"Yes! Thank you! ELEVATOR!" I was so happy to be reminded of the word "elevator" I think I shouted it at him. "I'm sorry! Thank you so much! We'll be back! Bye!" I grabbed my husband and ran out the front door of our building.
Everything else went off without a hitch. We got the furniture from my cousin, a guy who worked for her drove it back to our apartment in his van, Mr. Yue met us at the door and helped usher our "furniture and stuff" into the building.
Poor Mr. Yue.
Determined to not to be "that scary lady" in the building, I decided to visit Mr. Yue again the next morning with some goodies, good will and some intelligible language.
When Mr. Yue saw me again that morning, I could almost see him rear back a little waiting to see what the toothy, loud American had in store for him that day. When I handed him the box of cookies I'd gotten for him, he looked at me curiously.
The mantra, "DON'T BE SCARY, BE COOL" ran on repeat in my head as I spoke to Mr. Yue in a carefully controlled normal volume level.
"Thank you for helping me yesterday morning. My Cantonese is not so good and I just moved here. Thank you so much for being nice to me. I hope you like cookies?"
A big smile spread across his tan, surprisingly smooth for his years, face. He bowed his head at me, and saluted again. "Thank you!" he said loudly in English. Then in Cantonese, "Your Cantonese isn't so bad!"
It was a lie, but I appreciated the sentiment so much I almost cried.
Since then, Mr. Yue has been a bright spot in my Hong Kong life. When I leave in the morning, he's unwavering with a smile or well wish for the day. When I come back in the evening, if he's there (sometimes I miss him), I look forward to our little chats.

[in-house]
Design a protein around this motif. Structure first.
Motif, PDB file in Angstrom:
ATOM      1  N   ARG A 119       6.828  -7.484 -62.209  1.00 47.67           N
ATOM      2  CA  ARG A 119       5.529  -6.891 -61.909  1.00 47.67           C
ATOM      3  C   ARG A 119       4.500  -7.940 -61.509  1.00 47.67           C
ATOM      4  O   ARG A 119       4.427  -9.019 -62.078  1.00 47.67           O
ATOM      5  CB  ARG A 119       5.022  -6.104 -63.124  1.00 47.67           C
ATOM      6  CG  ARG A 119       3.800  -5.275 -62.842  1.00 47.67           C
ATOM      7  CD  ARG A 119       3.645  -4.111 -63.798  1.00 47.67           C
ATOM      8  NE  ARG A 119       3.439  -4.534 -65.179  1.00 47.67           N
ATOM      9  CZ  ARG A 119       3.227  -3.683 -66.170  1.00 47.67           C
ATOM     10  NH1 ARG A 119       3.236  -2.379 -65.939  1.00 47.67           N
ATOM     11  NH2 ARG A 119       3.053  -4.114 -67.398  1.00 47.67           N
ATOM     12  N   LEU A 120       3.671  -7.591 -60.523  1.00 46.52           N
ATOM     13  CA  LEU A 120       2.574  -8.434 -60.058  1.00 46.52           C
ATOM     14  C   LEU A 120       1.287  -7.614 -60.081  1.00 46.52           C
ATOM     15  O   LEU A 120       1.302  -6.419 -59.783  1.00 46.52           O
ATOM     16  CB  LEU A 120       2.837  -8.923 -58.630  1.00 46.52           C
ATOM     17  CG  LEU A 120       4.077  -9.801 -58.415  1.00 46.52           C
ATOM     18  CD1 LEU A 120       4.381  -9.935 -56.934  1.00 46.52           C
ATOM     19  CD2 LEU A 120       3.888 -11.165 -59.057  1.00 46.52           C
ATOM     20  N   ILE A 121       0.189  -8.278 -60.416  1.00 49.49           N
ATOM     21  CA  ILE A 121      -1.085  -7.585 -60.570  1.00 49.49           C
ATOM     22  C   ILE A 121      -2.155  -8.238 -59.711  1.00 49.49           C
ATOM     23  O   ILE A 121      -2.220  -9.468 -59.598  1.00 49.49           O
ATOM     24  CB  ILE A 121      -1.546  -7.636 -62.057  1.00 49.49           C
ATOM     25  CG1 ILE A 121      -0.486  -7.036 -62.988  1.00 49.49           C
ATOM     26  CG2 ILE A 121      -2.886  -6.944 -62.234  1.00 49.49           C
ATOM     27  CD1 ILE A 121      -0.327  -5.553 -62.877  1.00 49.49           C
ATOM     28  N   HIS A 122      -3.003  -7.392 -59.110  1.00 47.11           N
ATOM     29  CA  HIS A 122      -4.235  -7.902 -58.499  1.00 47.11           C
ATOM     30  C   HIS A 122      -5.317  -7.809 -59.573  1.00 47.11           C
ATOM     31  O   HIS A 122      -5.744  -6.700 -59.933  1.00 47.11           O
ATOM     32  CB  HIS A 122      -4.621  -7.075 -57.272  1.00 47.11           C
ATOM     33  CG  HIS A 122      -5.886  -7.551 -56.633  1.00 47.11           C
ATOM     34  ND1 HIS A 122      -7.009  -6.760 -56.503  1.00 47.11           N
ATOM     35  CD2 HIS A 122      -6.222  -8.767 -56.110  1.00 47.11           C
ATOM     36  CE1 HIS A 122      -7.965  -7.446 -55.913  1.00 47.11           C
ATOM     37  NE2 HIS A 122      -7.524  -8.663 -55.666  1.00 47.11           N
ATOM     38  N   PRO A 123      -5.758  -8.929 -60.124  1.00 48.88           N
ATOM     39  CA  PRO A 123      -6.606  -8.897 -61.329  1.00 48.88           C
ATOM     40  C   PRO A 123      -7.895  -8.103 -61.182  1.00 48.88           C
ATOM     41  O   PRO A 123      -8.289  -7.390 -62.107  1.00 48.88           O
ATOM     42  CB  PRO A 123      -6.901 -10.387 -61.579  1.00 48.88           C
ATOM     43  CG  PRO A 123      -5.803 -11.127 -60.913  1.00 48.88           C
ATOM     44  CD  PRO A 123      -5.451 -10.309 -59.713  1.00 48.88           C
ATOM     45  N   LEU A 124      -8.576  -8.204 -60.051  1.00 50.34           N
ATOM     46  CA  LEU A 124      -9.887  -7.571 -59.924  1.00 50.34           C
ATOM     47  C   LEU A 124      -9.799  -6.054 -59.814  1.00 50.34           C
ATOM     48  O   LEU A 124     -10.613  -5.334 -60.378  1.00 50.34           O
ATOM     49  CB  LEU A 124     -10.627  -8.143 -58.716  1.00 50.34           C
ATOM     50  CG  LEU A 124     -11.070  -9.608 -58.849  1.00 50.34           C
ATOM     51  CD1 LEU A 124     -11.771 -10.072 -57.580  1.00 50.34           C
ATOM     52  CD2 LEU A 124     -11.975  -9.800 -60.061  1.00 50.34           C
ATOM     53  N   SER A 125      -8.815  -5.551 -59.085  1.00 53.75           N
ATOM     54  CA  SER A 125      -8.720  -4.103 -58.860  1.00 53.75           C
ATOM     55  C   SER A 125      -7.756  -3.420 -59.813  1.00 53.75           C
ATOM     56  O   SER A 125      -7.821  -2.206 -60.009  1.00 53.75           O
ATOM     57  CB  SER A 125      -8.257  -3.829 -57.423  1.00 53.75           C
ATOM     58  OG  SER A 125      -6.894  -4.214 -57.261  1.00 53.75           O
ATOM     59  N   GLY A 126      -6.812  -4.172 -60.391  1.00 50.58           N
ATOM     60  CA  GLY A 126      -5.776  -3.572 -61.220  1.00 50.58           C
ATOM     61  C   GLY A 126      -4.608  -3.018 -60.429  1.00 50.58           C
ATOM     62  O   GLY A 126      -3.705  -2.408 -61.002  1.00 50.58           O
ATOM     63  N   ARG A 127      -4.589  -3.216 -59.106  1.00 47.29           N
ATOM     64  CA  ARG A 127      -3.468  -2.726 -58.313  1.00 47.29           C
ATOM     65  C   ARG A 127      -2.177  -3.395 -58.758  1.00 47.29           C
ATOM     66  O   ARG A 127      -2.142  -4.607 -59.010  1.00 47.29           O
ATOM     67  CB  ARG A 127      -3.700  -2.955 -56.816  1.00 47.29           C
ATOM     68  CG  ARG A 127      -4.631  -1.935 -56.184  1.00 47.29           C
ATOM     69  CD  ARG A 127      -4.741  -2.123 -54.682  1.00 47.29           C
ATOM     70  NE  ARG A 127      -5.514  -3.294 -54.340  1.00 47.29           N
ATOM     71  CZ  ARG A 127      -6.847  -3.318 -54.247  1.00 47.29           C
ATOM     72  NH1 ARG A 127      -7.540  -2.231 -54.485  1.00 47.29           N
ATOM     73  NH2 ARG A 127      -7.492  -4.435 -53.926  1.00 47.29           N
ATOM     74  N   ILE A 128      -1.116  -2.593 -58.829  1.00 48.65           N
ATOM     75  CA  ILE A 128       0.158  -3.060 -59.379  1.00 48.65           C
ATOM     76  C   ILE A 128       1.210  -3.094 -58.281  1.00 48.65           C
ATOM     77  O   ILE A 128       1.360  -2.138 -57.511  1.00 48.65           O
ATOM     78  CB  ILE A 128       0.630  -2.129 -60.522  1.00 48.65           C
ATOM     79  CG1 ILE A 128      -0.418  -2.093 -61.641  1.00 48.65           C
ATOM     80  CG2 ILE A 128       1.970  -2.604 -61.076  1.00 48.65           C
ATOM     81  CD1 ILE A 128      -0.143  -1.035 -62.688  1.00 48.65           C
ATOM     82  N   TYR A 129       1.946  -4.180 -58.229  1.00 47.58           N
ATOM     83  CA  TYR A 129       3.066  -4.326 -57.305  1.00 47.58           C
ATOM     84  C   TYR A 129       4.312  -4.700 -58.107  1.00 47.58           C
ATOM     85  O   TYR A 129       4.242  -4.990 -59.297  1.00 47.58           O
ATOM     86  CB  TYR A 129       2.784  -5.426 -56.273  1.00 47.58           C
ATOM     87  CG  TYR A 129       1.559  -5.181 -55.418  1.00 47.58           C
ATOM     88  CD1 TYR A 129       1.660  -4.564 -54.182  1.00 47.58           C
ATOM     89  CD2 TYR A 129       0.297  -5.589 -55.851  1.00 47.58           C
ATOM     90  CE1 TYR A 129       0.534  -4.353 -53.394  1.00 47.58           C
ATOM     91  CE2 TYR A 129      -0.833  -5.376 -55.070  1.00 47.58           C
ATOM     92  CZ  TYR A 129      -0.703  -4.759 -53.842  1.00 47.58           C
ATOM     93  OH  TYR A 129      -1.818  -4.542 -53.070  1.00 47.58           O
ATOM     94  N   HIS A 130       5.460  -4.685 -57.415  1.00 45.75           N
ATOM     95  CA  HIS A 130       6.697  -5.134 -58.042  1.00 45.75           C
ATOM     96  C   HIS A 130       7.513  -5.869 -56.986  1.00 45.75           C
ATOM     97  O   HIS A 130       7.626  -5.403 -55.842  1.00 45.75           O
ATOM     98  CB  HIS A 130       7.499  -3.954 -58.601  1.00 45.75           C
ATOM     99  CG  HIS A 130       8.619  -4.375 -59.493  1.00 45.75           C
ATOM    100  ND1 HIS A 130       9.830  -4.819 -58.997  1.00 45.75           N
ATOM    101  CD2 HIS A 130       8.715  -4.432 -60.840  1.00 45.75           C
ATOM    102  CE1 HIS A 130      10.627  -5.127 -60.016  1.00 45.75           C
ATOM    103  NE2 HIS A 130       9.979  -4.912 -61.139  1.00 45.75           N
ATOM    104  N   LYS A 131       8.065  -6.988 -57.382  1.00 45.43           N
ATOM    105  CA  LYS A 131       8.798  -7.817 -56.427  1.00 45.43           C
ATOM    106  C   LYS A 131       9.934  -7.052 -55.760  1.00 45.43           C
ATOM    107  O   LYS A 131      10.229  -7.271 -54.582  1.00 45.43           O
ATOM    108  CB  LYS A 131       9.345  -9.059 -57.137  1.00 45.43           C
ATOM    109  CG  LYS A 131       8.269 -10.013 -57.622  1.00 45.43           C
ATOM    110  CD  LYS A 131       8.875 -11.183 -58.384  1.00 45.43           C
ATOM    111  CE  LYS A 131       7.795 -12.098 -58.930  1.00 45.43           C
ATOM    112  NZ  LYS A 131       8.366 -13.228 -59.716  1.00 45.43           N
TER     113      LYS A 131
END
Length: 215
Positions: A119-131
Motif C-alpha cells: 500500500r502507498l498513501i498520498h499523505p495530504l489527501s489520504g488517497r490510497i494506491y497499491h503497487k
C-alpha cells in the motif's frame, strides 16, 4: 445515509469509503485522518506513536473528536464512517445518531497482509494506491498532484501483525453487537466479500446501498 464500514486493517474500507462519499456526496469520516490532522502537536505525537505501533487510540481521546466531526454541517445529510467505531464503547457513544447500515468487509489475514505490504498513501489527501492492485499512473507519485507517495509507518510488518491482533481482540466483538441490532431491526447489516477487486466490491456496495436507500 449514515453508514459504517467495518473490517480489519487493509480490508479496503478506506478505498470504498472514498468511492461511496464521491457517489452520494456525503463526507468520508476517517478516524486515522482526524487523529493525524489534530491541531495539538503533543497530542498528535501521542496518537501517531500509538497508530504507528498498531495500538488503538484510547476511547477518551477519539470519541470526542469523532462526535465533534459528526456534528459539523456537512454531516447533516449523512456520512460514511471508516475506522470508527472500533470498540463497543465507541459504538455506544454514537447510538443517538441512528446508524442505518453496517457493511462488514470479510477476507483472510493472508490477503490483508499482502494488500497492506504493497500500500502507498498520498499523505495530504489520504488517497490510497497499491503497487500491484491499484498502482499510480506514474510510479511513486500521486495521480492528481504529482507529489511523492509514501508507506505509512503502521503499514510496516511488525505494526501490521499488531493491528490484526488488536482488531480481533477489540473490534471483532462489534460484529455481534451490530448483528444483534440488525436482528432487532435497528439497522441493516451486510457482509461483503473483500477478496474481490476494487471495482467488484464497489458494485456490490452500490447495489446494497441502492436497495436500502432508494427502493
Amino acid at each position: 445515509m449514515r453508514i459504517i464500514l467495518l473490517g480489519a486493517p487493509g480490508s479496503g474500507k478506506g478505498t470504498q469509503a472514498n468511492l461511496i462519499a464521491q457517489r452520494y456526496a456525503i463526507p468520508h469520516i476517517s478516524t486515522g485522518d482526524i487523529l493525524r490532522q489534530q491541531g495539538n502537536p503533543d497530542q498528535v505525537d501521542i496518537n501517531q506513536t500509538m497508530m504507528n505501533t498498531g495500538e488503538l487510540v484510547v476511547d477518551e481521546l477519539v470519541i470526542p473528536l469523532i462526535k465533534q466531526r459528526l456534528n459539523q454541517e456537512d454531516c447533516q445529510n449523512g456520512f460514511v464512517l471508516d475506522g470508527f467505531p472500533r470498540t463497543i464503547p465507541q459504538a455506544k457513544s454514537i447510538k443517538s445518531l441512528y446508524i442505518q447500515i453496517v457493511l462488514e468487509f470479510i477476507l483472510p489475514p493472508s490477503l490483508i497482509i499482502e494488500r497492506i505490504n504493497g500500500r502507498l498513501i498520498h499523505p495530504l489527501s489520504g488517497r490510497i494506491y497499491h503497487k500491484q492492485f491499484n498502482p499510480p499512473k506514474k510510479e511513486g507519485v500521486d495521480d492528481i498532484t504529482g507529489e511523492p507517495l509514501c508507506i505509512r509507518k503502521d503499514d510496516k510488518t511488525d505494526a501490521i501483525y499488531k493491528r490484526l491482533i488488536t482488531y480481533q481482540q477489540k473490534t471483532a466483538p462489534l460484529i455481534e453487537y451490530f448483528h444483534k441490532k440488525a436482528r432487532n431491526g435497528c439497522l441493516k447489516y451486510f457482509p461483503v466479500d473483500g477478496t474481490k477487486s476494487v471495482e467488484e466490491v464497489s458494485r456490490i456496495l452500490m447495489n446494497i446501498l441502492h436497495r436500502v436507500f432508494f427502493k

"How are you? How was your day? Where do you like to eat lunch? Have you tried the Vietnamese place across the street?" I ask.
Always willing to answer my questions, he responds enthusiastically, quick with a chuckle. While our topics of conversation revolve around the weather, food, how well we're doing that day, the annoying elevator, or the cute dogs that occasionally come through the lobby, my interactions with Mr. Yue are dear to me.
From a language standpoint, he's the perfect practice buddy. While he's always patient, if I mispronounce something or say the wrong word, he flat out can't understand me — and can't explain to me in English what my mistake is. So I have to figure it out.
Once, when talking to him, I asked him if he lived close by.
"What? What?" he said, his eyes saying, "You know not what you say."
It wasn't until later that I realized that I'd asked him something closer to, "Are there pigs close by here?"
There are not.
But Mr. Yue is more than a language buddy. When I spend the day roaming about the city getting barked at by Chinese and English speakers alike for being in someone's way, going too slow, or not knowing the right words for things, seeing Mr. Yue that night or the next morning is a reminder that not everyone in Hong Kong hates me.
Somehow this older gentleman, a man I have nothing in common with and barely a shared language, has decided to be kind to me. It's this generosity of spirit that lingers with me far beyond our small talk.
And while I'm still figuring out my Hong Kong home, I owe a large part of starting to feel settled here to Mr. Yue. Despite my barnyard animal questions and ongoing battle with the VOLUME of MY voice, I'd like to think that Mr. Yue and I have built some sort of bizarre, Mr. Wilson-and-Denise-the-Menace-like friendship. I hope deep down he's at least entertained by me.
Plus, Mr. Yue has given me a goal. Before I leave Hong Kong, I am determined to be able to tell Mr. Yue, in just the right words, exactly how important he's been to me. And more than anything, I hope he understands.